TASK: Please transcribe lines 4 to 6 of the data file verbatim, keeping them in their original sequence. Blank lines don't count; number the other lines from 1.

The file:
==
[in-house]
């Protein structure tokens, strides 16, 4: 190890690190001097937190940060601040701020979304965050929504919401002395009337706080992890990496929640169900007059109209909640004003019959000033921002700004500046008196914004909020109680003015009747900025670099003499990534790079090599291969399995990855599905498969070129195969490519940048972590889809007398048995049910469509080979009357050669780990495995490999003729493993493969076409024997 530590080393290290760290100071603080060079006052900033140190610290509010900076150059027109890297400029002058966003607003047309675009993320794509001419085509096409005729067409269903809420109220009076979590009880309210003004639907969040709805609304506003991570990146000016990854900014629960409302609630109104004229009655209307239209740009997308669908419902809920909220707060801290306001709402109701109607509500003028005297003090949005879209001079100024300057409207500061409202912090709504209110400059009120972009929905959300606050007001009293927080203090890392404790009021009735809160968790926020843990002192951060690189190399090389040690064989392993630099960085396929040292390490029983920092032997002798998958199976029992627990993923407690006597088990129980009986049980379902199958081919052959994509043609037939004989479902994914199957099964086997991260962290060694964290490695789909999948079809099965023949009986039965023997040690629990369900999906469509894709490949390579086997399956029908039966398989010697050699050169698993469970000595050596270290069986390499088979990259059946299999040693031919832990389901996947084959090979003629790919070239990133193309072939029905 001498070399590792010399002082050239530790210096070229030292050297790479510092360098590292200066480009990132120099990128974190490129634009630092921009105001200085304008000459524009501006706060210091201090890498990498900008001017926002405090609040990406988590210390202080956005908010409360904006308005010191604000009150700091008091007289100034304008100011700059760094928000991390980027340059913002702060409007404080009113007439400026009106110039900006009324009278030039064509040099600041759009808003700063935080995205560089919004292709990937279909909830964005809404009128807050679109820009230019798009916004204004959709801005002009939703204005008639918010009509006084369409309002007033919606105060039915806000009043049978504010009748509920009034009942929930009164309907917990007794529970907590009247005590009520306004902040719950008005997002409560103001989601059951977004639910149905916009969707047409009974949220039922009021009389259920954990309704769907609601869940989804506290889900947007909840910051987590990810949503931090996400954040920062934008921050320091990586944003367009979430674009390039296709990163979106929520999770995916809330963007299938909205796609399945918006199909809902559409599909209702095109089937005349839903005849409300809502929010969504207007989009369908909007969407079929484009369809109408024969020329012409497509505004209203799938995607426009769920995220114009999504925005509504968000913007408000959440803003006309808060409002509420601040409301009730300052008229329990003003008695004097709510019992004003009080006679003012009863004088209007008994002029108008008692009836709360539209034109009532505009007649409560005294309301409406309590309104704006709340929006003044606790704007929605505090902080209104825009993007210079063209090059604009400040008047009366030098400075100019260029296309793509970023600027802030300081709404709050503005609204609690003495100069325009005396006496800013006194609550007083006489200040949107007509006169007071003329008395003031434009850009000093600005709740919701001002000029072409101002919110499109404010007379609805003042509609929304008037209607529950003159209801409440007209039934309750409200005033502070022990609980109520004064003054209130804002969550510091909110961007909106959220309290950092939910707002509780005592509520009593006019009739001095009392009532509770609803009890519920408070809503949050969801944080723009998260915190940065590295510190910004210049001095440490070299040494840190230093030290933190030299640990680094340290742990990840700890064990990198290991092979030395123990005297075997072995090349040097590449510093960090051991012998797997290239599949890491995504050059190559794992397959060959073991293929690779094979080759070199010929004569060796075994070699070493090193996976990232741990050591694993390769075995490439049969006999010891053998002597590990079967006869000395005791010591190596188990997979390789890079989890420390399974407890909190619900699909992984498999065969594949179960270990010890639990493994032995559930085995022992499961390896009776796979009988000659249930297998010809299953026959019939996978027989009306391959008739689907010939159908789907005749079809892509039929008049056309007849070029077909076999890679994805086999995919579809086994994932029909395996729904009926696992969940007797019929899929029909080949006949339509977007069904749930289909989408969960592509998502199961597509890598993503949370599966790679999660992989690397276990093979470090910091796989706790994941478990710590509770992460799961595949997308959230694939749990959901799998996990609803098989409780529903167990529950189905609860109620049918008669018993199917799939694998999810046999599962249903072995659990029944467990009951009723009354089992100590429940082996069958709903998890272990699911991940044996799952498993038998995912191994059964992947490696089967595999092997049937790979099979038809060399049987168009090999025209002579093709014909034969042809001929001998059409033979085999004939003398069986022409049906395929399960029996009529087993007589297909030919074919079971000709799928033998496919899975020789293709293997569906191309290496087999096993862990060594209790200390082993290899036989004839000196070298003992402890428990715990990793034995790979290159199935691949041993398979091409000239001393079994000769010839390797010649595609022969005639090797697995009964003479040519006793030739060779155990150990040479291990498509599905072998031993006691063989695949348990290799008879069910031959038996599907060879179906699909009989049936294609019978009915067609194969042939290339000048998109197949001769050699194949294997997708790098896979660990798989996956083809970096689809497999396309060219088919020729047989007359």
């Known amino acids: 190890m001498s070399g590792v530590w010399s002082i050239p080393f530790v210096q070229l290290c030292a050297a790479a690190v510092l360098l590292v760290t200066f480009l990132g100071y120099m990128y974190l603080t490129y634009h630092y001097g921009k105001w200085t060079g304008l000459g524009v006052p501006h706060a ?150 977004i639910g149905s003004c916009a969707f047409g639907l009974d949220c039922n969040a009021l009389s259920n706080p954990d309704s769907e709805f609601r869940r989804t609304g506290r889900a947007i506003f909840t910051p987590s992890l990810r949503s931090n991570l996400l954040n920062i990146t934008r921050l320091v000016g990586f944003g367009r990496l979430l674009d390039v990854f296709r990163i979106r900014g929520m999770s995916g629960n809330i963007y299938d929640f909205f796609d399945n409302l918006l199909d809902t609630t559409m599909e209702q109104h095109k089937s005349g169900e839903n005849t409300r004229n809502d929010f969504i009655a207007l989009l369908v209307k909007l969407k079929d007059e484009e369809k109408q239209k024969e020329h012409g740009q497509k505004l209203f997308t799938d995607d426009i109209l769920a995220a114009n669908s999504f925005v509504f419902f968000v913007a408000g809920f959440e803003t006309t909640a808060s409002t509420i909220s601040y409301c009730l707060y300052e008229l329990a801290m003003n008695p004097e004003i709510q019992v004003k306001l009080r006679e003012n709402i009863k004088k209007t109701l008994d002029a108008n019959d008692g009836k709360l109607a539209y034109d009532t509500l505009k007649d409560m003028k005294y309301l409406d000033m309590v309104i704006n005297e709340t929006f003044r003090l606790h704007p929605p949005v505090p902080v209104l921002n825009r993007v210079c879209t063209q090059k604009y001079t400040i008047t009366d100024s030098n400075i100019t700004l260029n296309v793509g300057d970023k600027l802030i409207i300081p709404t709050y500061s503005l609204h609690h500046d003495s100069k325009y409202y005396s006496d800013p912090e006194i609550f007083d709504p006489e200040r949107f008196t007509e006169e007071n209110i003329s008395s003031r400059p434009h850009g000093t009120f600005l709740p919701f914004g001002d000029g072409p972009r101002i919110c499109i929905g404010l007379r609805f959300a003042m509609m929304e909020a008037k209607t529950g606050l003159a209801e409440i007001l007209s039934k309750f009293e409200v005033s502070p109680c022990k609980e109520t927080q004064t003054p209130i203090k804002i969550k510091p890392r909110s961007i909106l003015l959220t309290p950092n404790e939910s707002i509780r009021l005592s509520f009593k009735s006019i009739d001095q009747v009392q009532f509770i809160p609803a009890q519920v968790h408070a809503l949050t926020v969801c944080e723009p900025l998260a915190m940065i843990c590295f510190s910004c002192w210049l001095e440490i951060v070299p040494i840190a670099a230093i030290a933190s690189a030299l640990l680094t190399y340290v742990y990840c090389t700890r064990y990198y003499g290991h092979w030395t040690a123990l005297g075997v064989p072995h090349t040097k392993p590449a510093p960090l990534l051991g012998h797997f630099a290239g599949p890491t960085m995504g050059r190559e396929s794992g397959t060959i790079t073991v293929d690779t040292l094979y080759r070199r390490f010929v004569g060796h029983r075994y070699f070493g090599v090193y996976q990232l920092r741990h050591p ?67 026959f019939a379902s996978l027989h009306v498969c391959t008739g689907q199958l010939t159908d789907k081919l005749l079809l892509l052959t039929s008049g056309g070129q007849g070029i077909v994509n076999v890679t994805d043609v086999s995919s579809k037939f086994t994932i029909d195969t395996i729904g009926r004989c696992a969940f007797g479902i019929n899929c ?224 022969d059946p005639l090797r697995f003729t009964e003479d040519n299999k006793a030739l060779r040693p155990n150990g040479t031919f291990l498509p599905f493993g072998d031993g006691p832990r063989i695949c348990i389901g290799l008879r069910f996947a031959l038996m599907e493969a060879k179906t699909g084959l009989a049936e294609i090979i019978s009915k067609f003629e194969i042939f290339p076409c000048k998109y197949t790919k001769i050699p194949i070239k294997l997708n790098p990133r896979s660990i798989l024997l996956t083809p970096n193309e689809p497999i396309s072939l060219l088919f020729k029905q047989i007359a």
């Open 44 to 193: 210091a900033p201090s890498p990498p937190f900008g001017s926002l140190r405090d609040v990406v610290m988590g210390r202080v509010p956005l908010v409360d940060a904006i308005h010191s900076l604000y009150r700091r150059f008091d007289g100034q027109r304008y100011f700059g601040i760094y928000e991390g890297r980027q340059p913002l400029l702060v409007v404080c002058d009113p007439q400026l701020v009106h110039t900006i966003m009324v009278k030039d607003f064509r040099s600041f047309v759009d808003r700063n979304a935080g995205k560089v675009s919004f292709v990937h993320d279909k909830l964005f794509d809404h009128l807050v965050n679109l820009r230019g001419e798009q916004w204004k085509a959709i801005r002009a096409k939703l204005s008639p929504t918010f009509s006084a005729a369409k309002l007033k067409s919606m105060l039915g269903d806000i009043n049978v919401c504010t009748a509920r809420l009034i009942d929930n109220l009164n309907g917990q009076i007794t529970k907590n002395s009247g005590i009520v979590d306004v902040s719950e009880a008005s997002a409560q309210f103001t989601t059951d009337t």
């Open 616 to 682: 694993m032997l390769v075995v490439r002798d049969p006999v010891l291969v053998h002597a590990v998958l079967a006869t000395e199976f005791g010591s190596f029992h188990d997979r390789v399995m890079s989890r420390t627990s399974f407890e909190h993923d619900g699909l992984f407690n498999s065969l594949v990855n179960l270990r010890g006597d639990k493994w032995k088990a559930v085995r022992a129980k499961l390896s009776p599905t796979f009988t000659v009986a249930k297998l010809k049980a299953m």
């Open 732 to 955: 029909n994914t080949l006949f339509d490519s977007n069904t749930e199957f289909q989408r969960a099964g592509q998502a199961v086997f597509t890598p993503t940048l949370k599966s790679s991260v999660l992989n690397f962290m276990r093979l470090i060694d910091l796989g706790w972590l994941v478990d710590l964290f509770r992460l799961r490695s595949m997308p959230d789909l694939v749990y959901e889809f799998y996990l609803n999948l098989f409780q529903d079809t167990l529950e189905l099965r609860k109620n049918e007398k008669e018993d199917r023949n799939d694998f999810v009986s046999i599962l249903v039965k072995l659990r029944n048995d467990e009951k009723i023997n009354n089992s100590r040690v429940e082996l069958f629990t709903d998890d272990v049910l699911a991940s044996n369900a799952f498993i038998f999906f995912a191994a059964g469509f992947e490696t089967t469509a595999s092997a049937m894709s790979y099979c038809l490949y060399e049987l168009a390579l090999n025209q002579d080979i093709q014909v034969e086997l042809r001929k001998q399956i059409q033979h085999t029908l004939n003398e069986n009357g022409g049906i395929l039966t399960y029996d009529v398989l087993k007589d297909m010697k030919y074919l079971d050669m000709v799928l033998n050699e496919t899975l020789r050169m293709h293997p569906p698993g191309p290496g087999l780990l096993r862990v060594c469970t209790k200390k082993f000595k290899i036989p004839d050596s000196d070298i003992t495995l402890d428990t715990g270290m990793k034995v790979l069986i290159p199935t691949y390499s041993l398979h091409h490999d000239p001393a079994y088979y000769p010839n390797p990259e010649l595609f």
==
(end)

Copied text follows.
């Open 44 to 193: 210091a900033p201090s890498p990498p937190f900008g001017s926002l140190r405090d609040v990406v610290m988590g210390r202080v509010p956005l908010v409360d940060a904006i308005h010191s900076l604000y009150r700091r150059f008091d007289g100034q027109r304008y100011f700059g601040i760094y928000e991390g890297r980027q340059p913002l400029l702060v409007v404080c002058d009113p007439q400026l701020v009106h110039t900006i966003m009324v009278k030039d607003f064509r040099s600041f047309v759009d808003r700063n979304a935080g995205k560089v675009s919004f292709v990937h993320d279909k909830l964005f794509d809404h009128l807050v965050n679109l820009r230019g001419e798009q916004w204004k085509a959709i801005r002009a096409k939703l204005s008639p929504t918010f009509s006084a005729a369409k309002l007033k067409s919606m105060l039915g269903d806000i009043n049978v919401c504010t009748a509920r809420l009034i009942d929930n109220l009164n309907g917990q009076i007794t529970k907590n002395s009247g005590i009520v979590d306004v902040s719950e009880a008005s997002a409560q309210f103001t989601t059951d009337t």
């Open 616 to 682: 694993m032997l390769v075995v490439r002798d049969p006999v010891l291969v053998h002597a590990v998958l079967a006869t000395e199976f005791g010591s190596f029992h188990d997979r390789v399995m890079s989890r420390t627990s399974f407890e909190h993923d619900g699909l992984f407690n498999s065969l594949v990855n179960l270990r010890g006597d639990k493994w032995k088990a559930v085995r022992a129980k499961l390896s009776p599905t796979f009988t000659v009986a249930k297998l010809k049980a299953m």
């Open 732 to 955: 029909n994914t080949l006949f339509d490519s977007n069904t749930e199957f289909q989408r969960a099964g592509q998502a199961v086997f597509t890598p993503t940048l949370k599966s790679s991260v999660l992989n690397f962290m276990r093979l470090i060694d910091l796989g706790w972590l994941v478990d710590l964290f509770r992460l799961r490695s595949m997308p959230d789909l694939v749990y959901e889809f799998y996990l609803n999948l098989f409780q529903d079809t167990l529950e189905l099965r609860k109620n049918e007398k008669e018993d199917r023949n799939d694998f999810v009986s046999i599962l249903v039965k072995l659990r029944n048995d467990e009951k009723i023997n009354n089992s100590r040690v429940e082996l069958f629990t709903d998890d272990v049910l699911a991940s044996n369900a799952f498993i038998f999906f995912a191994a059964g469509f992947e490696t089967t469509a595999s092997a049937m894709s790979y099979c038809l490949y060399e049987l168009a390579l090999n025209q002579d080979i093709q014909v034969e086997l042809r001929k001998q399956i059409q033979h085999t029908l004939n003398e069986n009357g022409g049906i395929l039966t399960y029996d009529v398989l087993k007589d297909m010697k030919y074919l079971d050669m000709v799928l033998n050699e496919t899975l020789r050169m293709h293997p569906p698993g191309p290496g087999l780990l096993r862990v060594c469970t209790k200390k082993f000595k290899i036989p004839d050596s000196d070298i003992t495995l402890d428990t715990g270290m990793k034995v790979l069986i290159p199935t691949y390499s041993l398979h091409h490999d000239p001393a079994y088979y000769p010839n390797p990259e010649l595609f």